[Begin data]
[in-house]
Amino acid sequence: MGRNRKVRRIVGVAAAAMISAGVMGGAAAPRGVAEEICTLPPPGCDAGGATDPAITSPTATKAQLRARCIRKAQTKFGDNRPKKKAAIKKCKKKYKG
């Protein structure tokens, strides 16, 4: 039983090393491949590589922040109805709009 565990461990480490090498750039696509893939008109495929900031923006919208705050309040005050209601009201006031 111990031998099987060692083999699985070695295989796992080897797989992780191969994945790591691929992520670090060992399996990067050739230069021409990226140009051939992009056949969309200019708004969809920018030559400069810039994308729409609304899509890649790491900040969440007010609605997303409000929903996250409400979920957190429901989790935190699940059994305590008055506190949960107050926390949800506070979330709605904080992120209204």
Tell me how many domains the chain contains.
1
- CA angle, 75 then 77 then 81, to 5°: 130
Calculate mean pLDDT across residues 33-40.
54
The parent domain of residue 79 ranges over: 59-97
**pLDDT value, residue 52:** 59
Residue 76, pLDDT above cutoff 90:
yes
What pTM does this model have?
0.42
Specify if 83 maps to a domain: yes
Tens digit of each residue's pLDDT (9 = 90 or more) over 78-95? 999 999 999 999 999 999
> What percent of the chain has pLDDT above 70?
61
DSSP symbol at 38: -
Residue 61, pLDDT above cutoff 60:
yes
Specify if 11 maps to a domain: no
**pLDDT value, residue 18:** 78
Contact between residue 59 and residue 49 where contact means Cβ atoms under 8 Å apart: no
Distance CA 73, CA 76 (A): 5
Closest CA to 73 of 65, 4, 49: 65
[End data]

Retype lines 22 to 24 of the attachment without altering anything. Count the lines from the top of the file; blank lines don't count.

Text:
Specify if 11 maps to a domain: no
**pLDDT value, residue 18:** 78
Contact between residue 59 and residue 49 where contact means Cβ atoms under 8 Å apart: no